- February 5, 2015
The holiday break is one stretch of time during the year when I completely remove myself from the business of building the web. Stepping outside our community to engage with old friends and family members provides a much-needed recharge and change of perspective.
In the course of conversation, what I do for a living sometimes surfaces with an innocent query like, “So are you a programmer or a designer?” To which I usually try to quickly think of a vague enough response to diffuse the line of questioning. I could just choose an answer and call it a day, but not without feeling an awkward guilt from not telling the truth.
While my title at Happy Cog carries “designer,” my discomfort has very little to do with the job title itself and more with what I am trying to achieve. Choosing to tell someone that my role is to either create a site’s graphics or write its code isn’t really true. If part of my day is spent in a text editor writing CSS for a layout, does that make me a front-end developer? What if I’m drawing user flows on whiteboards for an afternoon, or in Photoshop fine-tuning typography, or talking on the phone to clients about content strategy? Even for code-averse designers, design doesn’t screech to a halt once a client approves aesthetic choices or after a site passes usability testing flawlessly. Likewise, a site’s underlying structure and styles aren’t born in code, and its content isn’t created in a vacuum. We all work toward the same thing: the execution. It’s the only part of our process that users get to interact with, so we better make it great.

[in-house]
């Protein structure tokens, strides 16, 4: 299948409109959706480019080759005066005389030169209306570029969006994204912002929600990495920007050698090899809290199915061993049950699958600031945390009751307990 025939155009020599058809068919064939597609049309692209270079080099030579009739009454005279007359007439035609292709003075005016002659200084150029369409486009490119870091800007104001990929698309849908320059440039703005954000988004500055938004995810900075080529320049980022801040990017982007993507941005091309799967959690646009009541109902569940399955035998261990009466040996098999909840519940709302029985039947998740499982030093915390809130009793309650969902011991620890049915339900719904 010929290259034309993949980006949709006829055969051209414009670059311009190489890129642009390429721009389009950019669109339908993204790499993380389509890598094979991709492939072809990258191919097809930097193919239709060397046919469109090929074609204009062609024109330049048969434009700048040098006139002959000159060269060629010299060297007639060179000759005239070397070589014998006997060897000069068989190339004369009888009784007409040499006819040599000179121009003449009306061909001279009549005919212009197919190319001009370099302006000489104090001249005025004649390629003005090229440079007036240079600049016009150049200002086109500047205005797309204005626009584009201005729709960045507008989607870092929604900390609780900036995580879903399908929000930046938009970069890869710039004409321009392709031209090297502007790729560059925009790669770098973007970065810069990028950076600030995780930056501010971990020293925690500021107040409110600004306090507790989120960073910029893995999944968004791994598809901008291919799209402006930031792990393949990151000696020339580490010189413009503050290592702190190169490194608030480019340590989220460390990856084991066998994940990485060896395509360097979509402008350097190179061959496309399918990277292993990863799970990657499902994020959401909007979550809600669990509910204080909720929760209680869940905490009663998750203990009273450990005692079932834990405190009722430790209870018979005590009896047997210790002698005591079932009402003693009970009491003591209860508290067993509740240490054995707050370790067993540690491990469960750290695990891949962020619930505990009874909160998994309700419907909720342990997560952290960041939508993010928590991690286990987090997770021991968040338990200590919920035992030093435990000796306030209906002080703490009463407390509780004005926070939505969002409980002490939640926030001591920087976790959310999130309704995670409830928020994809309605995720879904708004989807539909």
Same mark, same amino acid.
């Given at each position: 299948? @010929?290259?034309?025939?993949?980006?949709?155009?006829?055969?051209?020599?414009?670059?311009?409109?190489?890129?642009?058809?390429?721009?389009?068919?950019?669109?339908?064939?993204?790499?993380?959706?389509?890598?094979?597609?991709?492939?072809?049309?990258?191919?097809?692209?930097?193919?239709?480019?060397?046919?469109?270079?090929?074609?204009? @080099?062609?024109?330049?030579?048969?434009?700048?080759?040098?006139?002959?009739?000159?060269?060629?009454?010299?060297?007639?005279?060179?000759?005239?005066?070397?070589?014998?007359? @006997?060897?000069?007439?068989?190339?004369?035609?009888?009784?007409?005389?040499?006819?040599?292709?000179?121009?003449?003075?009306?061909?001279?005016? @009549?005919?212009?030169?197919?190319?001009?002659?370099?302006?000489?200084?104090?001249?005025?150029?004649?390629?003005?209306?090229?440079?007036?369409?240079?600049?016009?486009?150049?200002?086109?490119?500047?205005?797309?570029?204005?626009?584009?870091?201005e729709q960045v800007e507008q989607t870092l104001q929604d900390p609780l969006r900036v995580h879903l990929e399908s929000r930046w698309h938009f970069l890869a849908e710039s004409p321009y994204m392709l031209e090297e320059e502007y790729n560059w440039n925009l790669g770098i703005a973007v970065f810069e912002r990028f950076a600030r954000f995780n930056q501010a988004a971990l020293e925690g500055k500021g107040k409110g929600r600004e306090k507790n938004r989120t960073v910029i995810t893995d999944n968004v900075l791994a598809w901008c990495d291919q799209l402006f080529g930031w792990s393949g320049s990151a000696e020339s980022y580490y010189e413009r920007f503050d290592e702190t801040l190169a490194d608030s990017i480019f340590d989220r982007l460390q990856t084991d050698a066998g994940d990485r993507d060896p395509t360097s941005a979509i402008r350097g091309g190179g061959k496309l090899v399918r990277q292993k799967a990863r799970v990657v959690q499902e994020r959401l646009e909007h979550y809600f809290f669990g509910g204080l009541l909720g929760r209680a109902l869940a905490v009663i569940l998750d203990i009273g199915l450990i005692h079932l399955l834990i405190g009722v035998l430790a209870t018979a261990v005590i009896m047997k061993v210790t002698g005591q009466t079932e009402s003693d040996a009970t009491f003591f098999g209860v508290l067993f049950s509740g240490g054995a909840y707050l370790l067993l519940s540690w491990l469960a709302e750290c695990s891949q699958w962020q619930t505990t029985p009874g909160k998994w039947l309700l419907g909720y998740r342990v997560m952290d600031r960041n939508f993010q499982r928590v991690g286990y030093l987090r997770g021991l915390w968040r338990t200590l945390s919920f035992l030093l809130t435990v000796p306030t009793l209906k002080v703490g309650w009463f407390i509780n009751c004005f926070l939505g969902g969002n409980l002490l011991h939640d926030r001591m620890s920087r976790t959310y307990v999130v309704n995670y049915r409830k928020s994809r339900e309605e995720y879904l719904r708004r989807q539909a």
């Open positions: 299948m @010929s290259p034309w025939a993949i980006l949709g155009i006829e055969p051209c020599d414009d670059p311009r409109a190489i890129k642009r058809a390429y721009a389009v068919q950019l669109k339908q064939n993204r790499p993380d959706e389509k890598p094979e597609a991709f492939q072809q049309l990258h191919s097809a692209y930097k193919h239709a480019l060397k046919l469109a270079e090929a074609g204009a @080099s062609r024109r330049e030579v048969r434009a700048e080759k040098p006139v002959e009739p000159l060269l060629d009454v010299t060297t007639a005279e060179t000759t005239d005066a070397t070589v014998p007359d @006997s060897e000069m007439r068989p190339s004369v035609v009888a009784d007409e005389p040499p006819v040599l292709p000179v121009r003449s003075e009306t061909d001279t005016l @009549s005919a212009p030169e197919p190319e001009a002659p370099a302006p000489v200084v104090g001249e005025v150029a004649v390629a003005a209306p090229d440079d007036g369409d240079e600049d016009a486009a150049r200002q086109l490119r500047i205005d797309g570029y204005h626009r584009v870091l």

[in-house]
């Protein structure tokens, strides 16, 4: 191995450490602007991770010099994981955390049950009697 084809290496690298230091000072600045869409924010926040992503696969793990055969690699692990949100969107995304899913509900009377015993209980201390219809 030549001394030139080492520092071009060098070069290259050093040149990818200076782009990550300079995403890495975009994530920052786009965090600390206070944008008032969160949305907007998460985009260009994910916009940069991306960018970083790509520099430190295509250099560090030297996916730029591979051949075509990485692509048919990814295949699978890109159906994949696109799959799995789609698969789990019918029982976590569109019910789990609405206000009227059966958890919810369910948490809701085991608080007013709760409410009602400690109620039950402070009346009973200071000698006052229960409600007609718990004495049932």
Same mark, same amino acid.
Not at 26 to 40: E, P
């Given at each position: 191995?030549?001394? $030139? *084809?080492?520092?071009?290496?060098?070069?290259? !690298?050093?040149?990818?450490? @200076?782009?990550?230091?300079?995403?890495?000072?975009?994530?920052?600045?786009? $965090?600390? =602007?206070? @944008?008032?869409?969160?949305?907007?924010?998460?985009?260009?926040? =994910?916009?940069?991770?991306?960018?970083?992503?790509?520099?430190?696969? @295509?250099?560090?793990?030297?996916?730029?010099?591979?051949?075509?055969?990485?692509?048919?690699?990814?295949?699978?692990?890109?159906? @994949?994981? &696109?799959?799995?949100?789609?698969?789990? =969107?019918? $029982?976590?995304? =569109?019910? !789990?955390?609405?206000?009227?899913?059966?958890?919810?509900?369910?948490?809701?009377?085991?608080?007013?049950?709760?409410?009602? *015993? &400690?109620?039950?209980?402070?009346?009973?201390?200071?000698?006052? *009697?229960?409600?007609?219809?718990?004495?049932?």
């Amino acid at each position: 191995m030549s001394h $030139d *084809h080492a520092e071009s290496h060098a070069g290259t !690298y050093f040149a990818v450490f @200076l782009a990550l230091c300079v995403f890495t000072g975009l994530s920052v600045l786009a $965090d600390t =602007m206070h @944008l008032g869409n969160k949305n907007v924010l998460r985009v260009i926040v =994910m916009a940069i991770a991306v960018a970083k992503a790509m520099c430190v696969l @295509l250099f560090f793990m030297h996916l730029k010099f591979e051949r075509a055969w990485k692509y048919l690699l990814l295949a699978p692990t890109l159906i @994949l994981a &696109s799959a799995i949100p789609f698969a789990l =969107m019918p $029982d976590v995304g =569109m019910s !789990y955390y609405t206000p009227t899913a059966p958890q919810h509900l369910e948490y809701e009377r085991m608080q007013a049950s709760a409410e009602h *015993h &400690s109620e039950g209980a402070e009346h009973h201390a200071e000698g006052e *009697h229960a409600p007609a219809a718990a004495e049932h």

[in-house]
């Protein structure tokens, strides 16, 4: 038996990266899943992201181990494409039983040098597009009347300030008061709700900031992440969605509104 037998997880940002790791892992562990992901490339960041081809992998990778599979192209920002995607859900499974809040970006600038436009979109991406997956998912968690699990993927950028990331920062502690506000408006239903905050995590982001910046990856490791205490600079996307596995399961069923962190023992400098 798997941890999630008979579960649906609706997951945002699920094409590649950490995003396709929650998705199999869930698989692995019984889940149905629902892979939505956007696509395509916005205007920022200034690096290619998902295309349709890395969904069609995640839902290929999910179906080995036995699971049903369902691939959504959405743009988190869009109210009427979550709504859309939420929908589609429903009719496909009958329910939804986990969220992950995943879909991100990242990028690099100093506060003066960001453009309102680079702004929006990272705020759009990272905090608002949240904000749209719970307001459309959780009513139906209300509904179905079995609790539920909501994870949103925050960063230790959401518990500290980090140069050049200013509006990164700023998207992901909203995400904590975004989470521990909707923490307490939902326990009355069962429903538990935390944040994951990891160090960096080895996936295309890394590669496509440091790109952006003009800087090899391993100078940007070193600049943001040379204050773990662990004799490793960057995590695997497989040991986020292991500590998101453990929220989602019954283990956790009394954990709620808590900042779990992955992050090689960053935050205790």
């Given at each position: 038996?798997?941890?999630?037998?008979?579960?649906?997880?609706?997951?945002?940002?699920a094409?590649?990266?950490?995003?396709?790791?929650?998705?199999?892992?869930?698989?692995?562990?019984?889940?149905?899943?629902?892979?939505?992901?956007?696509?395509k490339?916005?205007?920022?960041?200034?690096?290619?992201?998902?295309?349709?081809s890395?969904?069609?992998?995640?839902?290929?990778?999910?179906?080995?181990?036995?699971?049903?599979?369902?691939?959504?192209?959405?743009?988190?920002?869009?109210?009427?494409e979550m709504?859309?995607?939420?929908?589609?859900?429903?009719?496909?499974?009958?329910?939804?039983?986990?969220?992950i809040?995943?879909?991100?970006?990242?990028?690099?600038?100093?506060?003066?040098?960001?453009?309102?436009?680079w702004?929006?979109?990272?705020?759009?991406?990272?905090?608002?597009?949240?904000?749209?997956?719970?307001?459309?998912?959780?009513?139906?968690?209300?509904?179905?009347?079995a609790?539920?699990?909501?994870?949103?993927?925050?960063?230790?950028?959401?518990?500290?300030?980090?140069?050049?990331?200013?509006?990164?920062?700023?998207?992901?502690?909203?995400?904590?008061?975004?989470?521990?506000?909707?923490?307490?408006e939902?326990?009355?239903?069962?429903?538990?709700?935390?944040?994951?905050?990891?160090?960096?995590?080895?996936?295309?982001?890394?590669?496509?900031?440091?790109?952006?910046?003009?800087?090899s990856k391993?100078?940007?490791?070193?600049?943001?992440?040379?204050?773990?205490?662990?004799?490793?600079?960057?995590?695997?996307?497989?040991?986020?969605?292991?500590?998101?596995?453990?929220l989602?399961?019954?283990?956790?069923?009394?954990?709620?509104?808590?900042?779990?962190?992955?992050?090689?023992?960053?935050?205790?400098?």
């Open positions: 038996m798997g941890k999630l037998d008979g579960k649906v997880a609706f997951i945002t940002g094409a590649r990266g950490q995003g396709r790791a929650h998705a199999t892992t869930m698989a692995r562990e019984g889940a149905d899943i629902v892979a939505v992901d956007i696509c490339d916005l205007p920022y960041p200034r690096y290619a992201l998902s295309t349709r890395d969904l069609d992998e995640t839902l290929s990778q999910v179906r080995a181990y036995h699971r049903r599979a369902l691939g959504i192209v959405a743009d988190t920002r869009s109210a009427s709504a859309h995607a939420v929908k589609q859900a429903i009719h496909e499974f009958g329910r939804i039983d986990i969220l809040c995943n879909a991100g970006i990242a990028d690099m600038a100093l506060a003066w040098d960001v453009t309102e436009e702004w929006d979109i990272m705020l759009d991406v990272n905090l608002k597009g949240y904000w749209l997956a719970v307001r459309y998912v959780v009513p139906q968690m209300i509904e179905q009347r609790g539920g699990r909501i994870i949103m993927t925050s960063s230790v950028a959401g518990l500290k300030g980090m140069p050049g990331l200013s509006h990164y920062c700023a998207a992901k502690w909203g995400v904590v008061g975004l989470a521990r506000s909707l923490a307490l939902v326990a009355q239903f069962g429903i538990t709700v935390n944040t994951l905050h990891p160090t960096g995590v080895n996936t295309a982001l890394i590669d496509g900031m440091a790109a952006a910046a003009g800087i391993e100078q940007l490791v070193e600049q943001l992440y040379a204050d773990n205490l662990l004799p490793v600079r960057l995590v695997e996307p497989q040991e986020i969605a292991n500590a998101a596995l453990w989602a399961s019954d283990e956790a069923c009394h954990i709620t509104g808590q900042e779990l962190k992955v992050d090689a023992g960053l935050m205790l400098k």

When users have a good experience on a site, it’s rare that they even think about the circus that went into making it happen. The design system is cohesive, content is digestible, patterns are recognizable, taxonomy is organized, markup is semantic, styles are cascading, assets are compressed, server-side caching is humming swiftly, and all is well with the world. Things just work.
Cracks in the experience begin to form when role-based processes break down. Sometimes these cracks are small. Maybe a piece of content is buried, or a button is styled with more padding than intended. Perhaps someone tagged something incorrectly, or a style is written using the wrong values. Over time, large gaps can form. A once-sturdy navigation can no longer support a site’s overgrown taxonomy, or a headline obfuscates an improperly sized feature photograph.
Cracks develop not because we didn’t read enough design books or master all the shortcuts in Sublime Text. Somewhere along the way, one person’s knowledge was not sent, received, or acted on. The more we intentionally overlap our roles in the journey toward the execution, the easier it is to patch up those cracks—or avoid them altogether.